I recently posted a tongue-in-cheek article about how to boast more effectively. It’s purpose was really to highlight how subtle, deceitful, and varied our boasting can be. But it was also to contrast with the Apostle Paul’s determination.

God forbid that I should boast except in the cross of our Lord Jesus Christ, by whom the world has been crucified to me, and I to the world (Gal. 6:14).

Paul saw all the boasting that was going on in the world, especially in the religious world, and exclaimed “God forbid that I should ever boast. God prevent it, stop it, end it. May it never be.

But then there’s one exception. He introduces the only boast that God approves of: the cross of the Lord Jesus Christ.

His exclamation and exception are linked. He knows that boasting obscures the cross of Christ and the Christ of the cross. But he also knows that boasting in the cross is the best safeguard against every other kind of boasting. If we’re boasting in the cross, we cannot boast about ourselves. If we’re boasting about ourselves, we’re not really boasting in the cross.

What is it to boast in the cross and why does Paul commend it. He commends boasting in the cross not only because it shrinks his ego, but because it magnifies God in all his glorious attributes.

It magnifies God’s truthfulness. Think of the multiple Old Testament promises that were fulfilled at the cross. Somebody counted between 50-60 in one day. The cross says, “God keeps his promises.”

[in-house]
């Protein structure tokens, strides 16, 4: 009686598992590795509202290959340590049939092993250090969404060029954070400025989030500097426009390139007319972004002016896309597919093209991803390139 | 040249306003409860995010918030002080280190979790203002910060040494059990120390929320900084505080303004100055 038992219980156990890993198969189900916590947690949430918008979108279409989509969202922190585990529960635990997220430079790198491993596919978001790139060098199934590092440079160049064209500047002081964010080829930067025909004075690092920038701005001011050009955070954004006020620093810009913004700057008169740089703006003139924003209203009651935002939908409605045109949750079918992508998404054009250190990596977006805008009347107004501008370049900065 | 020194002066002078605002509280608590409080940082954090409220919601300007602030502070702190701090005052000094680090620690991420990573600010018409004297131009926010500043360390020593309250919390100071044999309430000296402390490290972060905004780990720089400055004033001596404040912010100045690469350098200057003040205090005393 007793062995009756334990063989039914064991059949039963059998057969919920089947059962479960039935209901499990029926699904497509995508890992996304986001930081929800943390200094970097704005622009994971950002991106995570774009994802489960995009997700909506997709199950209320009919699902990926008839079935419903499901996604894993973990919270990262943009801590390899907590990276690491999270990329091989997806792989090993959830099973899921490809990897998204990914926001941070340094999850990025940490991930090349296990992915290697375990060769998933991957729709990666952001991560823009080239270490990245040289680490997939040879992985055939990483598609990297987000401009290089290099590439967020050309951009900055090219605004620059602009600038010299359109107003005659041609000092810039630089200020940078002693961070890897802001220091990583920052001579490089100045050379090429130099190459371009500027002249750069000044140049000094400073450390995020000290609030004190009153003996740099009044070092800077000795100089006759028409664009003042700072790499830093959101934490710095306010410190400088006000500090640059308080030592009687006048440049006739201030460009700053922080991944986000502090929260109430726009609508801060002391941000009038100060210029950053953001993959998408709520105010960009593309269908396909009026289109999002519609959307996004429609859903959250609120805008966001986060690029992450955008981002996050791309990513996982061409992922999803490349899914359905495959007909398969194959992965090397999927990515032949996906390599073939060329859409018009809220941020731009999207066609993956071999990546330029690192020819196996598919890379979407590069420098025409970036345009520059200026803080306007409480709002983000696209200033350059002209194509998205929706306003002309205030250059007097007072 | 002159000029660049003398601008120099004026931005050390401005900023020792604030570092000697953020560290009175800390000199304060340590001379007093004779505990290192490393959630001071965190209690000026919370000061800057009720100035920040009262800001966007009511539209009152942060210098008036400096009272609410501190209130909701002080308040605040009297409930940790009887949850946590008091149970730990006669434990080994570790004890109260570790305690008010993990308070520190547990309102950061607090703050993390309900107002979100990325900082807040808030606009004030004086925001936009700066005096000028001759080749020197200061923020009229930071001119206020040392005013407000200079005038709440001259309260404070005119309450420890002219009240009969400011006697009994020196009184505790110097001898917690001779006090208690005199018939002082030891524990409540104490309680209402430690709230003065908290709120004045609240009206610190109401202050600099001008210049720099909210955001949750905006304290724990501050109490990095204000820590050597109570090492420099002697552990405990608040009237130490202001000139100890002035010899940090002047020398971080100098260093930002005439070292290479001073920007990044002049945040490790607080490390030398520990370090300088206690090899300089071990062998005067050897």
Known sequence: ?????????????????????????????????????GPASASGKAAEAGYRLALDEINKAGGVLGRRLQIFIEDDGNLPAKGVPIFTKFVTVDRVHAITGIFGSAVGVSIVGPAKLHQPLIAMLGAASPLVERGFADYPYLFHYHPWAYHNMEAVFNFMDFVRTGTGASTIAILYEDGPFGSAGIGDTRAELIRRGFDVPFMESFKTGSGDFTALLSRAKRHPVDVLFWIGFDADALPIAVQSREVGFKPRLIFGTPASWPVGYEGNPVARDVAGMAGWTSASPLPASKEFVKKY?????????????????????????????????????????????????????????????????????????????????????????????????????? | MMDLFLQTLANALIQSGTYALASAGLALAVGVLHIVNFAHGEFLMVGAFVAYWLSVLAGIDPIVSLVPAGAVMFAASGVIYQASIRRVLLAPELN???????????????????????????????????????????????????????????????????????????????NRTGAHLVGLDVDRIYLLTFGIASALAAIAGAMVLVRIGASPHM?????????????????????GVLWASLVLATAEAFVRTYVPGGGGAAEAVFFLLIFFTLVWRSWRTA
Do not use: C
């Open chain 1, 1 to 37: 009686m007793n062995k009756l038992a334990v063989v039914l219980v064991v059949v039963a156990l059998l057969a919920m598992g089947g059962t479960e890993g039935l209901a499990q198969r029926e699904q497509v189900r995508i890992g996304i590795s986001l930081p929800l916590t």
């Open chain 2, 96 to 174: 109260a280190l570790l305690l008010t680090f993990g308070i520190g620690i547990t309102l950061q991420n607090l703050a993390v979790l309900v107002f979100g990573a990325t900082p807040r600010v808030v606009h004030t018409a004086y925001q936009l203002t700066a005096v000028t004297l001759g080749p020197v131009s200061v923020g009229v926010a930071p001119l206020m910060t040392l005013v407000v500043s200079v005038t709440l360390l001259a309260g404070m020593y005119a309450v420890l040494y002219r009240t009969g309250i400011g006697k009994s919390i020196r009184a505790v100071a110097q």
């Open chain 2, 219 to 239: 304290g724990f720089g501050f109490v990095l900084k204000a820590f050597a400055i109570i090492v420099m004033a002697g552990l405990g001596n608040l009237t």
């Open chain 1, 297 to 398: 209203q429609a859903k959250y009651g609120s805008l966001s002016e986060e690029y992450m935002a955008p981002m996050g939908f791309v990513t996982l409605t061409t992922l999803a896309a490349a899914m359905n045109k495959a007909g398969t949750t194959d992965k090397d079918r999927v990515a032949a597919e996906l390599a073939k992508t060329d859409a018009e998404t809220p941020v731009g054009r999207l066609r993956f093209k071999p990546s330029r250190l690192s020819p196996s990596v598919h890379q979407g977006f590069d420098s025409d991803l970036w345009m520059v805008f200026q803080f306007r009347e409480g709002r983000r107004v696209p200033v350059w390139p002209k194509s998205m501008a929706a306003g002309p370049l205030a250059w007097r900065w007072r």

It magnifies God’s patience. When we see how God punishes sin at the cross, we marvel at his long-suffering with the world up until that point and the world since that point.

It magnifies God’s generosity. In giving his Son he gave us himself.

It magnifies God’s wisdom in that God found a way to remain just yet justify the ungodly.

It magnifies God’s holiness by demonstrating that he will not close his eyes to sin, no matter where he sees it.

It magnifies God’s justice as he punishes Christ without mercy – exactly and perfectly and satisfyingly.

It magnifies God’s anger. There we see God’s terrifying anger as we see it in no other place.

It magnifies God’s power. We see it in the earthquake, the eclipse, and the resurrections of the saints. But we see it most of all in  his conquering of sin, death, and the devil, and in his delivery of sinners from his judgment.

It magnifies God’s love and grace. As Moses said, God loved us because he loved us (Deut. 7:7-8). That is all.

No wonder, Paul says, God forbid that I should boast in anything else other than the cross of Christ. Let it never, ever be!